The building is exactly what a classic firehouse should look like. The entrance can be captured from multiple vantage points and the gated courtyard is decorated with bricks and a wall monument you can’t ignore. I love everything about the space and hope to shoot video there soon.

6. Big River Crossing.

Out of this entire list, this is the only spot with open space along the bank of the Mississippi. Aside from the view and room to stretch our legs at, the surrounding parks each offer something unique. The architecture hardscape is a little more modern at Tom Lee while the pathways of Ashburn-Coppock and Martyrs Park offer a more scenic view. E.H. Crump Park is a little more densely wooded and Chickasaw Heritage has more stuff for the kids to do.

The crossing itself is what I’m really excited about filming. Whether I’m driving across, walking in front of a subject, or flying the drone, it’s an amazing view. I could see myself setting up anything from an informative video to a Mississippi spotlight reel that highlights the coastal parks. At some point, I’ll make my way over there and spend a half day at Big River Crossing.

7. Rhodes College Campus.

Since moving to the Midsouth, I’ve been meaning to stop by a few college campuses to interview students about the different ways certain events make them feel. I haven’t finished writing the questions yet, but I did get a chance to notice how beautiful the campus at Rhodes College was. The elegant display of buildings and upkeep of the property is unlike any university I’ve ever been to.

From the layout to the courtyards, monuments and fountains – everything seems cohesive and in order. The atmosphere the institution provides has been recognized on several occasions throughout the years – which makes it one of the top Memphis locations, in general.

8. The Famous Beale Street.

I think one of the main reasons I’m excited to film here is the ability to capture crowds. There are always a lot of good reactions and candid moments that can really turn out a solid reel. From business interactions and laughter to iconic storefronts and live shows – there’s a lot of content to be had at Beale Street

Since there tends to be a lot of foot traffic, it’s probably not the best place for an informative video. But if you’re a business on the row, you might benefit from some testimonials and live footage on a busy day. Showcasing the culture or atmosphere of any joint is a good way to stand out on a competitive strip. It’s the little features that 

I’d really like to get some rainy day footage of the signage, monuments, and roads and sidewalks. I can already envision a soaked neon glow and water flowing over the bricks and into drainage. Once the sun comes out, I’d like to see how long it takes for the streets to be full. Whether it be a time lapse or compiled B-rolls, I think the transition would be cool to watch.

9. South Main Arts District.

I think this one is pretty straightforward. Although South Main is a little bit more edgy than Summer Avenue, it’s honestly what I like most about it. It really makes the slew of artistic designs pop. The classic buildings, cultural value and level of creative expression really embodies the city of Memphis. But unlike most of these Memphis locations, this setting typically only suits a specific type of clientele.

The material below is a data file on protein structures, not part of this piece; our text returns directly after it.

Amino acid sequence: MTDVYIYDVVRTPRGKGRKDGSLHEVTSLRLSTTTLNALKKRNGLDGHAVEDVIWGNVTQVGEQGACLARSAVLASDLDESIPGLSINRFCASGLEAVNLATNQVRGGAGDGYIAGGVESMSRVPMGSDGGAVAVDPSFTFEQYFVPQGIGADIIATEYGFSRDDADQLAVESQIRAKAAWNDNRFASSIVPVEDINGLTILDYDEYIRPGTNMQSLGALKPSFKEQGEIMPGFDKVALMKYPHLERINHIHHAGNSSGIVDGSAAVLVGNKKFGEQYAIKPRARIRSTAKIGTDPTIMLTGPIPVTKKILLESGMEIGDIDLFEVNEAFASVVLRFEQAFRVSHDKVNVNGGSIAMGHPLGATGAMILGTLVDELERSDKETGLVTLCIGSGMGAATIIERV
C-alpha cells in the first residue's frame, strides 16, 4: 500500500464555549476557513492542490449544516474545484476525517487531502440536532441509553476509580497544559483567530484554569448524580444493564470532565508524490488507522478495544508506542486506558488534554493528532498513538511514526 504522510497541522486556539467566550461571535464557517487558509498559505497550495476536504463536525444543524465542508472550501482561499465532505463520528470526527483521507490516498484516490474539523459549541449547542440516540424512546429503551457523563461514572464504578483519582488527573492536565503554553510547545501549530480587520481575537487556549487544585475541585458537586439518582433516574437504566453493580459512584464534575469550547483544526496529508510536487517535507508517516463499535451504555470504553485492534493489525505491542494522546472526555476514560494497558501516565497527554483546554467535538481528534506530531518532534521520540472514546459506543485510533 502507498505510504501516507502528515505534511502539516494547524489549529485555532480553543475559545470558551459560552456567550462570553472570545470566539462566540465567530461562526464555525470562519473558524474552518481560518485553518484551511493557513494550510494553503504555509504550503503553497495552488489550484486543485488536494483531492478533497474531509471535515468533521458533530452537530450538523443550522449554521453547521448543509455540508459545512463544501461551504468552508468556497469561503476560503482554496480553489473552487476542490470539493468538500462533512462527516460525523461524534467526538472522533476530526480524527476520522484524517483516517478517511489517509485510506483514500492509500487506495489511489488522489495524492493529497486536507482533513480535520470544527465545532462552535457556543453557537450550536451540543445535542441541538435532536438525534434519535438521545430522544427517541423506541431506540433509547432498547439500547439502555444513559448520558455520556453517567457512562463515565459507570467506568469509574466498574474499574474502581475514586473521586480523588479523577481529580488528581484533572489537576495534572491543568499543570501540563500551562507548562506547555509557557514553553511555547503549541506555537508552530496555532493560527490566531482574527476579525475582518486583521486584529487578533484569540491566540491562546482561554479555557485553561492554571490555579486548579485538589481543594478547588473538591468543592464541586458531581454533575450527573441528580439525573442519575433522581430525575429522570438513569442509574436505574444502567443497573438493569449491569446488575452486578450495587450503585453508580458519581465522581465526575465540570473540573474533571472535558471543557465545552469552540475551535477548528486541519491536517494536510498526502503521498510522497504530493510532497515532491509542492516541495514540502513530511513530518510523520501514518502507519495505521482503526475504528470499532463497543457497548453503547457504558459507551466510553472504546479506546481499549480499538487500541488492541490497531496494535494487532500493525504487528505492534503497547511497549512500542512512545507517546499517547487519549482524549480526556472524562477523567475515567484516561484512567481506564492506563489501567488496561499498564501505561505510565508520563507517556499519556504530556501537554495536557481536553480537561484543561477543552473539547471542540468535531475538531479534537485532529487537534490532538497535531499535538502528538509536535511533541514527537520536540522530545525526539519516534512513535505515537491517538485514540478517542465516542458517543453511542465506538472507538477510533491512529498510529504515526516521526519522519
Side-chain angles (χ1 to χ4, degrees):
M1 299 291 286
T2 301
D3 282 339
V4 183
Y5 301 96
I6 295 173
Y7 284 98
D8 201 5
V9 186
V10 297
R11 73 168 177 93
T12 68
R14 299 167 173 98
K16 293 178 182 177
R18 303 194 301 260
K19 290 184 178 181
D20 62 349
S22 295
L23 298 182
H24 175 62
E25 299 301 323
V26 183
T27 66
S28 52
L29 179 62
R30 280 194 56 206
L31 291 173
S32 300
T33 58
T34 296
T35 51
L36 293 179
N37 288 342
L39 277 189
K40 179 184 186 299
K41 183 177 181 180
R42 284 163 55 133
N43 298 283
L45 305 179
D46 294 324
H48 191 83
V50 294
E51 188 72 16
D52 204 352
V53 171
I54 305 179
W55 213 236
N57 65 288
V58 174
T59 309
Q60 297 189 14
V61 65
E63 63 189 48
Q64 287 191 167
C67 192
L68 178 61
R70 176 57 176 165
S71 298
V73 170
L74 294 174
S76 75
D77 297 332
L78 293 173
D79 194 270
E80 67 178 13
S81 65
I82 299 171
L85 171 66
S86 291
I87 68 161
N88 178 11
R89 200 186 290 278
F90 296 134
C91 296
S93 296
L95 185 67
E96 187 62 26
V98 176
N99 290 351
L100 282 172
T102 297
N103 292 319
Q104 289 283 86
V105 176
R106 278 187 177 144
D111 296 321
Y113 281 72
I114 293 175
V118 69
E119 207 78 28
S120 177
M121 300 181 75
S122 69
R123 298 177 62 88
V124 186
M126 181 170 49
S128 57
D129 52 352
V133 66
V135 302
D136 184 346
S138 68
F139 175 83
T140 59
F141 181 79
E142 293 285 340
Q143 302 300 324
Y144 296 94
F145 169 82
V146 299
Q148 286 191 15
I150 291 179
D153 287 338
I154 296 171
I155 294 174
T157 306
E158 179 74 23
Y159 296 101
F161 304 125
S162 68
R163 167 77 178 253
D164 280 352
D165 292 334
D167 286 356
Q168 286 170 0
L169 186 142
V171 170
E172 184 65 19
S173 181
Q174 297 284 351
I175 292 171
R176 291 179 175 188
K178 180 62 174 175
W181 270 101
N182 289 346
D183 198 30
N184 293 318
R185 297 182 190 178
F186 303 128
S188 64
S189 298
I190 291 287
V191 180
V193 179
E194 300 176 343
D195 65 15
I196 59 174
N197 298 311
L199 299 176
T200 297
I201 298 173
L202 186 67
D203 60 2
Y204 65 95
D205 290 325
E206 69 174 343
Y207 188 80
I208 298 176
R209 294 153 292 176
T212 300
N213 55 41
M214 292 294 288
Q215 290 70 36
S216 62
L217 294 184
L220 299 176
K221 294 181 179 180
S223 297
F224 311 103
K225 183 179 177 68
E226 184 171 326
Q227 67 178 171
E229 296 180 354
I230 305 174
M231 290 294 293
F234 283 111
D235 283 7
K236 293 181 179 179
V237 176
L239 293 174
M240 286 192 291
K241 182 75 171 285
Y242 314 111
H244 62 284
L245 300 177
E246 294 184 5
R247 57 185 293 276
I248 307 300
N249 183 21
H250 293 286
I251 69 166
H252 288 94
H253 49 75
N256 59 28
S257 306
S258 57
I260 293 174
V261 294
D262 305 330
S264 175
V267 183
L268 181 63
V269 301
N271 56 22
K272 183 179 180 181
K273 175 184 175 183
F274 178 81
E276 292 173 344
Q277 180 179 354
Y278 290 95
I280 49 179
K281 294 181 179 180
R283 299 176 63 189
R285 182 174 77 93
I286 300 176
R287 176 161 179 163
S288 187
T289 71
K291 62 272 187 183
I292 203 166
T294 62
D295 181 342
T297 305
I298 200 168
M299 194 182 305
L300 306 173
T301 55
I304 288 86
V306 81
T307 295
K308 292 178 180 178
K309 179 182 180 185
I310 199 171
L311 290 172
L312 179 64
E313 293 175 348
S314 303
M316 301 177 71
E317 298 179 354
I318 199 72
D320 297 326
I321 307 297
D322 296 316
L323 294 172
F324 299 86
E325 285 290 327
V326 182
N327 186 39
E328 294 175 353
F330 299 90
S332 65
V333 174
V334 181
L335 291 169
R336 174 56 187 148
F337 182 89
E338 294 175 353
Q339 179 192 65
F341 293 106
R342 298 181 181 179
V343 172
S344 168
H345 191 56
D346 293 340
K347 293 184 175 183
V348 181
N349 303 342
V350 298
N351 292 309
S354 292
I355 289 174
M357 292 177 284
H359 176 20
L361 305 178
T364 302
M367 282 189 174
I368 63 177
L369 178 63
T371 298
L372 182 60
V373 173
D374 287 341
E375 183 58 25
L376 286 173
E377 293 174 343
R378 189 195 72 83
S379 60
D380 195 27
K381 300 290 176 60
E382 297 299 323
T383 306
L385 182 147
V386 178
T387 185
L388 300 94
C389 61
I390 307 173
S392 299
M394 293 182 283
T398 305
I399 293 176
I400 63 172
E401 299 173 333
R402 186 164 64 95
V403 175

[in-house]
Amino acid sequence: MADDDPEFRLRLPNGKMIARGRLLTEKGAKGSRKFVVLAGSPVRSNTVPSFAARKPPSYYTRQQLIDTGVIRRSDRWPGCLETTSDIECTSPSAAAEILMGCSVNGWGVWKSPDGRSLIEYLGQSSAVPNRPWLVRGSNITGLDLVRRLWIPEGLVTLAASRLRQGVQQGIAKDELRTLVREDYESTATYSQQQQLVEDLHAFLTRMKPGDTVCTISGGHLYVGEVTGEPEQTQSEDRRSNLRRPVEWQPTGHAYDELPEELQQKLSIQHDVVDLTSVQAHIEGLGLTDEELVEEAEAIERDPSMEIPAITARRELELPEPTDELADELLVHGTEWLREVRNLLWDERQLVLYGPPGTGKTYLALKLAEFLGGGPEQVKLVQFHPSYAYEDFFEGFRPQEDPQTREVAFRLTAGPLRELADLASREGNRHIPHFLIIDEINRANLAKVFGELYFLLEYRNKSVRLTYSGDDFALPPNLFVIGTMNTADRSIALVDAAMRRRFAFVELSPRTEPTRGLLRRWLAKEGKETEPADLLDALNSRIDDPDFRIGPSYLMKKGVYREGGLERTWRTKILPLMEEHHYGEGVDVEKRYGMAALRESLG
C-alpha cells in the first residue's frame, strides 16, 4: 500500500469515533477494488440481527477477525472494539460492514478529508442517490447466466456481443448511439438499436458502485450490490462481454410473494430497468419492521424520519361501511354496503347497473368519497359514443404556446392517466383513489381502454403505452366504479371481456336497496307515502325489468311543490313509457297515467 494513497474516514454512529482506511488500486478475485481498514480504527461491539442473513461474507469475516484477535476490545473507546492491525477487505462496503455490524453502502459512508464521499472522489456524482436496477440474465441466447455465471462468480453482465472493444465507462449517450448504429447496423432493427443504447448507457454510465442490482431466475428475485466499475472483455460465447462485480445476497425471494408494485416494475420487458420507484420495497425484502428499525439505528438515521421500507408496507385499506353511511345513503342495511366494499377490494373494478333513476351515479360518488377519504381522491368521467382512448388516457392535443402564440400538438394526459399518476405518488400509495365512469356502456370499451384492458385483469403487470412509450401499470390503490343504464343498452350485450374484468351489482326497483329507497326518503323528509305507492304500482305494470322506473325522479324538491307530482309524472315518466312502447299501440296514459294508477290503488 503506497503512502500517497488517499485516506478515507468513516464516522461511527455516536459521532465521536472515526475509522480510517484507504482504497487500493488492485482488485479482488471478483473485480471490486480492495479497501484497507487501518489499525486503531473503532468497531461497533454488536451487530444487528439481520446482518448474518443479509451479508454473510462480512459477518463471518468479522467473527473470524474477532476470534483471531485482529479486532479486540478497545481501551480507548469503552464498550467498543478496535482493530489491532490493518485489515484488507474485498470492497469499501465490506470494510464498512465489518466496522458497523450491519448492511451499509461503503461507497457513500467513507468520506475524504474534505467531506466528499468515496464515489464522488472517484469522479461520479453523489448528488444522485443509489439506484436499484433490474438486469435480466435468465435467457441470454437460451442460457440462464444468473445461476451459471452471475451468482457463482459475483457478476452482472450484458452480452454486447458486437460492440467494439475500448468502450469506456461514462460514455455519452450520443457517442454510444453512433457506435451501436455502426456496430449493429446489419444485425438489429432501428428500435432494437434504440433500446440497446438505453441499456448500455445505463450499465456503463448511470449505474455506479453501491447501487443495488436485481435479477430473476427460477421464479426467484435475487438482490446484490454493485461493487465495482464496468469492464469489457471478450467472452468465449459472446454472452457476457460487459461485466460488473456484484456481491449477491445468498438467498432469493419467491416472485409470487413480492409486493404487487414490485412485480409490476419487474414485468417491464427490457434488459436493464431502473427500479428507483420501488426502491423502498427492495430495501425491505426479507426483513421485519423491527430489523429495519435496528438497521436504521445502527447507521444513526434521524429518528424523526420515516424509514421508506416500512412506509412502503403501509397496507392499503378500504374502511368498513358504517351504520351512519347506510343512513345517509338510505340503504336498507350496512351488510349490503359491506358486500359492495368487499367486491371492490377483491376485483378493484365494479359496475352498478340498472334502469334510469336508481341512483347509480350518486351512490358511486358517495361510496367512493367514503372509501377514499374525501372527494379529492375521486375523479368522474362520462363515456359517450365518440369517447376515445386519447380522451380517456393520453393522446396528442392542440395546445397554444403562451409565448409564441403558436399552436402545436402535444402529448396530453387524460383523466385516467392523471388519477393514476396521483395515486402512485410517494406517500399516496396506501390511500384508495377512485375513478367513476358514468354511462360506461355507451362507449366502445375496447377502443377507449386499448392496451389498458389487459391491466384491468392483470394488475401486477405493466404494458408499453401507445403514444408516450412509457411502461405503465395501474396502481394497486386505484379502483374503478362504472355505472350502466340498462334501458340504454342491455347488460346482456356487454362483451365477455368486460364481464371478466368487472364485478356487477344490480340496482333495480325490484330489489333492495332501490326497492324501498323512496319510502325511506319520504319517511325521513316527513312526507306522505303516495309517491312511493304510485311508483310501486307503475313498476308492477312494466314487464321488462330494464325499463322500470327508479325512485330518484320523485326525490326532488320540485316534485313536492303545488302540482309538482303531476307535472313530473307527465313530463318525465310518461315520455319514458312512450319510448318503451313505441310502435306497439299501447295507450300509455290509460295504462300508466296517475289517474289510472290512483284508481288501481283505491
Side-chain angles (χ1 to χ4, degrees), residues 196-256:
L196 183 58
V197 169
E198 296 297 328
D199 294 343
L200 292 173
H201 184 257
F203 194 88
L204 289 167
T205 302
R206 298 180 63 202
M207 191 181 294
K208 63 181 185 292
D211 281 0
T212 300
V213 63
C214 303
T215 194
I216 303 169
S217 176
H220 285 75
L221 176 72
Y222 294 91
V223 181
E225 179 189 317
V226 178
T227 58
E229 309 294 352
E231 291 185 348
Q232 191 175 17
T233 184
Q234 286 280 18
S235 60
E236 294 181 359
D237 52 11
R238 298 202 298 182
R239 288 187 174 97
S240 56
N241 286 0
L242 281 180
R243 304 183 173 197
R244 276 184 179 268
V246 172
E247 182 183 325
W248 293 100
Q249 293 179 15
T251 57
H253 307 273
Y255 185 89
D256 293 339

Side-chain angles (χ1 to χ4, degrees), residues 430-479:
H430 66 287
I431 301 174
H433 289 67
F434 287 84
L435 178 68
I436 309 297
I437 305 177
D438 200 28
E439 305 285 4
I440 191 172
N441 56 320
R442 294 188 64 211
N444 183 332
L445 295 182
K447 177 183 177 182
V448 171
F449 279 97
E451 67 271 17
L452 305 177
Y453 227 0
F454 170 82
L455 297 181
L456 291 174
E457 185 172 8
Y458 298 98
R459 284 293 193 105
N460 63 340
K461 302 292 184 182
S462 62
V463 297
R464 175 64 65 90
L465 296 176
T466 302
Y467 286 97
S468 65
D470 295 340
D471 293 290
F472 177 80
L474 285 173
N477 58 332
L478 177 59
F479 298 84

Not everyone is going to make sense (or feel comfortable) in front of worn down mortar, colorful statements, or a graffiti’d wall. But don’t write it off before you PreFocus on the possibilities. With a little trust and creativity, we can always make something worth. Once I familiarize myself with the district and stay on top of artistic updates, it’ll be a great spot to reference.

10. Mud Island River Park.  

Just down the river from Big River Crossing is this gem of a good time. The Mud Island River Park is well-maintained, full of smiles, not too packed – and the tributaries would look great from the air. As a videographer, you never know when a spot like this is going to come in handy. So I’m glad I have it in my back pocket for that special client that needs to communicate something specific. A setting that elicits playfulness and personality is never a bad idea. It’s definitely not one of those basic point-and-shoot locations and would give me a chance to get really creative with the production.

11. The Lorraine Motel.

Anyone looking to promote Memphis roots ought to consider this historic location. Also known as the National Civil Rights Museum, The Lorraine Motel offers an array of placements that can communicate a number of things. Videography here reiterates the impact of standing for something bigger than ourselves, collectively. I already have tons of ideas flowing through my head to pay homage.

Looking up at a subject as they walk passed the legendary sign would be simple, yet meaningful. A slow motion camera rolling by a person in awe (and consideration) of the moment-in-time could be powerful. If someone hired me to shoot video in front of this significant landmark, I wouldn’t take the creative direction lightly. Taking advantage of a classic setting is selfish.

If we’re not creating a video that pays homage to those that stood for something bigger than themselves, then what are we really doing? In other words, I’d only be interested in capturing footage at this Memphis location with the right client. It would only be an honor to help someone depict the scene in a classy, responsible manner. 

12. Confederate Park and its Bridge.

It might seem a bit odd to follow up the Civil Rights Museum with a confederate landmark, but history is history. Every man and woman had a rhyme or reason for their fight. It’s our duty to understand their stories in order to protect the future of ours. Simply put, there are just too many props and creative visuals to be ignored at Confederate Park in northeast Memphis, Tennessee.